According to newly-appointed Fisker CEO Tom LaSorda, the $107,850 Karma that Consumer Reports had die on them was doing exactly what it was supposed to do. The car had shut down during CR‘s routine initial testing last week.
Consumer Reports found its Karma – which was purchased at a Fisker dealer by the magazine and not a pre-production model – shut down and would not turn back on or shift into gear during testing. After flatbedding the car to the nearest Fisker dealership, the Karma received a new battery pack under warranty.
Earlier this week, LaSorda sent a letter to current Fisker owners about the incident in which the CEO stated, “The Karma performed exactly as it was designed to. The onboard diagnostics detected a fault and entered a protection mode that shut the car down to protect other components. We are sorry for the inconvenience this caused the customer.” According to Automotive News, LaSorda has also acted quickly to put in place a “SWAT team” of 50 engineers to deal with any issues Karma buyers have with their cars.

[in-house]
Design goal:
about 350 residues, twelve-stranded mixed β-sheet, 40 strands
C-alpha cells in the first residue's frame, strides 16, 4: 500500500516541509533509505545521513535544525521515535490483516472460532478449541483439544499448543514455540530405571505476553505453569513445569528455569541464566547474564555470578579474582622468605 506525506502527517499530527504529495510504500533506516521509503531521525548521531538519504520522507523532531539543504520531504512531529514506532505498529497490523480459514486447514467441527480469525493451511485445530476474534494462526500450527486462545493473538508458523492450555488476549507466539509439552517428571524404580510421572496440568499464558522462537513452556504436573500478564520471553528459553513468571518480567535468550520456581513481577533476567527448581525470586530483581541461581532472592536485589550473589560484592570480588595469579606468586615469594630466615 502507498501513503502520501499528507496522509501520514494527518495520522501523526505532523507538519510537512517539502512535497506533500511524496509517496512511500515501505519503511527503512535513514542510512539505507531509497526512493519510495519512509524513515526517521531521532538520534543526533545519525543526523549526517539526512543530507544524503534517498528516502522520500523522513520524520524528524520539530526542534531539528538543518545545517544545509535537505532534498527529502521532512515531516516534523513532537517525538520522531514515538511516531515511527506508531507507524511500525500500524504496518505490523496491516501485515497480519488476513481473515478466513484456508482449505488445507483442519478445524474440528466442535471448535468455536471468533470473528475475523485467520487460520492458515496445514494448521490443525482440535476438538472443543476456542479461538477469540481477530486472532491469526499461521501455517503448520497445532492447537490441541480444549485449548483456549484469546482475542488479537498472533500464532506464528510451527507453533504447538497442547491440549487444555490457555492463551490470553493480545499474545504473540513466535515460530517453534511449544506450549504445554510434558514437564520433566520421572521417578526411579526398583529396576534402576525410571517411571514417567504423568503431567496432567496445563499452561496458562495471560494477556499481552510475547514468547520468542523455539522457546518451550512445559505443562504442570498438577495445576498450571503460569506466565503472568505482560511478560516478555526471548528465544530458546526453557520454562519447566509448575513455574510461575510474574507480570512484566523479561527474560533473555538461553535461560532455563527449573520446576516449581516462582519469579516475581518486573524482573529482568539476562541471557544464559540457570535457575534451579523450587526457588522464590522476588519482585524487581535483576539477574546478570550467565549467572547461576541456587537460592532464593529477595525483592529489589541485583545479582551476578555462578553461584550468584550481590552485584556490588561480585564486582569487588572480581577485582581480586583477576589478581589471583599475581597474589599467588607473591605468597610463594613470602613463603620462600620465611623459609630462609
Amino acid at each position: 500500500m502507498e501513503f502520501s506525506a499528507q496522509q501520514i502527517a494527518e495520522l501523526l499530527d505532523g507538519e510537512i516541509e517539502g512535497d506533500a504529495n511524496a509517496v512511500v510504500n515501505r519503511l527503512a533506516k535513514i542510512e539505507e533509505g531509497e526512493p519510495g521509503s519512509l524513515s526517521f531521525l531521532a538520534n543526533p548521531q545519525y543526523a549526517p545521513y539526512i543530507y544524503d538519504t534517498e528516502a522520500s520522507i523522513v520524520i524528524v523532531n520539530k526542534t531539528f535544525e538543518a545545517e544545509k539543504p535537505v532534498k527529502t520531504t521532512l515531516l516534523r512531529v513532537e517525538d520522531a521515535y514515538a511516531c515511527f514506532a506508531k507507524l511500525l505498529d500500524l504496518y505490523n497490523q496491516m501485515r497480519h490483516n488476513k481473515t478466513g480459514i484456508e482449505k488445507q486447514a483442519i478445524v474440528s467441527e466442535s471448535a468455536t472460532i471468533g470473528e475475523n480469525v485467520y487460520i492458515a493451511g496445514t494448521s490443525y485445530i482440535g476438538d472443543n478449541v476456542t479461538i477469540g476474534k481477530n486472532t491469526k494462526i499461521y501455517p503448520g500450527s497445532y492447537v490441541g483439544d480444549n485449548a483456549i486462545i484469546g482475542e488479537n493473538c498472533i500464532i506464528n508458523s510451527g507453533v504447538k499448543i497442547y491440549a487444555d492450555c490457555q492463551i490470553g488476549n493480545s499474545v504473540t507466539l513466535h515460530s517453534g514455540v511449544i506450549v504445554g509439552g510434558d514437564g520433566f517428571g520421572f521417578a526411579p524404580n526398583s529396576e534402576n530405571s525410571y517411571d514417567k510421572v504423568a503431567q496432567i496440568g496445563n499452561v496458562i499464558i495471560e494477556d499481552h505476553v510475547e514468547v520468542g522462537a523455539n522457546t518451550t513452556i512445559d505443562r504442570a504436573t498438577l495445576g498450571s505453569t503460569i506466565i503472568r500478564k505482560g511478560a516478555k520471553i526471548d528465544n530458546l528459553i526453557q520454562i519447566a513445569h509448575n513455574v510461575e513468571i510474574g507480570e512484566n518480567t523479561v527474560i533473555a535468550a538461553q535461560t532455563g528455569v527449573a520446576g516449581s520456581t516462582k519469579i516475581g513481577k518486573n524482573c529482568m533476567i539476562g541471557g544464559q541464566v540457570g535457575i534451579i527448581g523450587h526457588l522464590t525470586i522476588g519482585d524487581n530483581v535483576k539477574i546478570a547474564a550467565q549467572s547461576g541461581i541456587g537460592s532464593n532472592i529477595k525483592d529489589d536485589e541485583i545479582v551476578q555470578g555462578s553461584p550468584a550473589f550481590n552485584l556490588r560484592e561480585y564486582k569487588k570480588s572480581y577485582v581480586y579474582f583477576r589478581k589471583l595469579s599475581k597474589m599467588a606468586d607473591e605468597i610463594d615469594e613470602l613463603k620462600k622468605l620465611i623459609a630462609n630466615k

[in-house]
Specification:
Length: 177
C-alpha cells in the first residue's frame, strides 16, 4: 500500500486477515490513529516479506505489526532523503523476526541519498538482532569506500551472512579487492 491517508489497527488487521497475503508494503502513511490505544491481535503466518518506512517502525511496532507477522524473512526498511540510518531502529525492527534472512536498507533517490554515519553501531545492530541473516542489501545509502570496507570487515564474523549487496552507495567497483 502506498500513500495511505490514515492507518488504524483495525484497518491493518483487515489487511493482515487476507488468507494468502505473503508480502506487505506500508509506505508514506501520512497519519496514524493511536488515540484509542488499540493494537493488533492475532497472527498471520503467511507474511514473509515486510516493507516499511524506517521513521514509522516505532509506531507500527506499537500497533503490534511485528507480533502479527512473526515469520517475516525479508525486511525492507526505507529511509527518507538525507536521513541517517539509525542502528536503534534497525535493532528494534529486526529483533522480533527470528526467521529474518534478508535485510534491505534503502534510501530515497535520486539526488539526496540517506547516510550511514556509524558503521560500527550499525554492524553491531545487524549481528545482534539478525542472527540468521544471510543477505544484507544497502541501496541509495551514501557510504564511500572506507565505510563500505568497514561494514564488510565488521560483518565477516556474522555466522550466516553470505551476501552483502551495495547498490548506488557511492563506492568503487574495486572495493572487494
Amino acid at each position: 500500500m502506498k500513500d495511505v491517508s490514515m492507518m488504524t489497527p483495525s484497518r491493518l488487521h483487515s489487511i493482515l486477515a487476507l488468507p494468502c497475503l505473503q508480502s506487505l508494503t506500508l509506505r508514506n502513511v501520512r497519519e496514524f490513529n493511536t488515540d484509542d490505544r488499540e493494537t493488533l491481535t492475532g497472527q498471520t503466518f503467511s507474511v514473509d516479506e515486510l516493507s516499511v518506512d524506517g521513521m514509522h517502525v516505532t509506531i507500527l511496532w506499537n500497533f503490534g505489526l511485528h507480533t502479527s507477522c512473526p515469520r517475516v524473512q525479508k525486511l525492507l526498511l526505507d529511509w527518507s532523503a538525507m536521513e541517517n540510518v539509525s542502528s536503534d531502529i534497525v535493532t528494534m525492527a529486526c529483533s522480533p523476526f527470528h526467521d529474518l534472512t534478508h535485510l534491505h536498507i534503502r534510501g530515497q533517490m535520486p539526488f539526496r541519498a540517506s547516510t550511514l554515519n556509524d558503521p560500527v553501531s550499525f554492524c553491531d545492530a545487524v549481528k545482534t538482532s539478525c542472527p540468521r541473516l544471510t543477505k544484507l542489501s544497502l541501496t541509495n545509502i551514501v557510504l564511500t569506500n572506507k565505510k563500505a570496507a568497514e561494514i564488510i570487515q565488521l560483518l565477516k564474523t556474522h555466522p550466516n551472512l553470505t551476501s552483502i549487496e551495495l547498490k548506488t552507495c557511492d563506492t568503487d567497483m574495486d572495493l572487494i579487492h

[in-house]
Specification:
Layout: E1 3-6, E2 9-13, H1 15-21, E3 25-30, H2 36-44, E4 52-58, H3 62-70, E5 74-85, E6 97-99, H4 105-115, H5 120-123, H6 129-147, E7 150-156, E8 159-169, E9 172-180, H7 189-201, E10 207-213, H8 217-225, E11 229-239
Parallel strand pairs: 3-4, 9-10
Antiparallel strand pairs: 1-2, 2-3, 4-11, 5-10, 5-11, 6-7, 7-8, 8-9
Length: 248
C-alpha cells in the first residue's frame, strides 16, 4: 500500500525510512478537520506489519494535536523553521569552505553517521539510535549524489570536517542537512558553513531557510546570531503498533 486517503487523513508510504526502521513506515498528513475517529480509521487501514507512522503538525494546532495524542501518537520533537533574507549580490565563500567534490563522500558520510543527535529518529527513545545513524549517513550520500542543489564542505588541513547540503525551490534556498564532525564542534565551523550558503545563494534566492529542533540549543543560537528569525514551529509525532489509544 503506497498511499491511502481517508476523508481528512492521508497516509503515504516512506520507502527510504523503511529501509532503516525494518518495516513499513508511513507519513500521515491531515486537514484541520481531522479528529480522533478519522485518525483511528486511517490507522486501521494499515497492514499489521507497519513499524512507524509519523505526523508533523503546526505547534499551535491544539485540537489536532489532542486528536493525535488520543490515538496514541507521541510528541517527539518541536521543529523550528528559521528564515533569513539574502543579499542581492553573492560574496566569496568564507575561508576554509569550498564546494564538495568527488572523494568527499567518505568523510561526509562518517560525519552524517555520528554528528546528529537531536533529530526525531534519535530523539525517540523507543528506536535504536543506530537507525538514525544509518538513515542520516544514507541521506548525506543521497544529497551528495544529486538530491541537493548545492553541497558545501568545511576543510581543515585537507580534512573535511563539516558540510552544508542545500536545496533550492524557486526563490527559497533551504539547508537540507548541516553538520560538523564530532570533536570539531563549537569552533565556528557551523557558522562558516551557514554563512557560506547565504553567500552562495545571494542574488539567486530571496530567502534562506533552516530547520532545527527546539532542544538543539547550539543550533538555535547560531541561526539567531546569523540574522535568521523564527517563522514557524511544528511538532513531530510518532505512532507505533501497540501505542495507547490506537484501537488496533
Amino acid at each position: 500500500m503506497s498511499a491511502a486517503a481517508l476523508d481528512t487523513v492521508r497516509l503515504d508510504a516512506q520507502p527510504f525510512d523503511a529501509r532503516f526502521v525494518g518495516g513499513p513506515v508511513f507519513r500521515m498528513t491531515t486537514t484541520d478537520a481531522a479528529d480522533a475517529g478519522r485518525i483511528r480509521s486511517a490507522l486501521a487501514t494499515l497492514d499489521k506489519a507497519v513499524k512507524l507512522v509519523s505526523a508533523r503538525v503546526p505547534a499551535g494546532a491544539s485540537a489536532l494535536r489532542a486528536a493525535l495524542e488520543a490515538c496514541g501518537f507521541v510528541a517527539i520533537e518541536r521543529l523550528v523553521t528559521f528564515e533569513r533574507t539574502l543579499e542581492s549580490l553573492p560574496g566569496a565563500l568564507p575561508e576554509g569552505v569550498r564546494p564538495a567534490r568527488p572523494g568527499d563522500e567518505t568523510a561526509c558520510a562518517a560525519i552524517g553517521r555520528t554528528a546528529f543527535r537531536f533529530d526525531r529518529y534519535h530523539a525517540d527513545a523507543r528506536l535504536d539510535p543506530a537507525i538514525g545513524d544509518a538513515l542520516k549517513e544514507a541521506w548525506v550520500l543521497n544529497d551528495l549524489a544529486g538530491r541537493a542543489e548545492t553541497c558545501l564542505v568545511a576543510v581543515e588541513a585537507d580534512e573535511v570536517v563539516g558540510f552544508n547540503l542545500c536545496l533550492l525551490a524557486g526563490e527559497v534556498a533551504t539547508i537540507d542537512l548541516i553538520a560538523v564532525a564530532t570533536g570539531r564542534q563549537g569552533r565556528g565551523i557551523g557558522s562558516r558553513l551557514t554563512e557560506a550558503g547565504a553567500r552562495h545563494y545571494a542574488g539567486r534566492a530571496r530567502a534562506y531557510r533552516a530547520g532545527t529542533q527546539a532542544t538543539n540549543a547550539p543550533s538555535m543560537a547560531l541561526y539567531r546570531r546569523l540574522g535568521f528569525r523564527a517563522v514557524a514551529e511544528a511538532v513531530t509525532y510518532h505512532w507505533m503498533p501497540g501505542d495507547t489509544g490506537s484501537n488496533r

This isn’t the first time the 2012 Fisker Karma has received negative publicity surrounding reliability. At the end of last year, Fisker recalled the almost-250 Karmas it had produced to replace the battery packs. Similar to the problem encountered by CR, Fisker responded quickly and serviced all of the recalled vehicles within just a few weeks. Despite the problems, Fisker’s handling of the recall and CR‘s shut down sound eerily familiar to the Lexus brand’s launch in the late 1980s, when it had a recall for its flagship LS400 shortly after launch, and dealt with customers and dealers smoothly and quickly.
Source: Automotive News (Subscription required)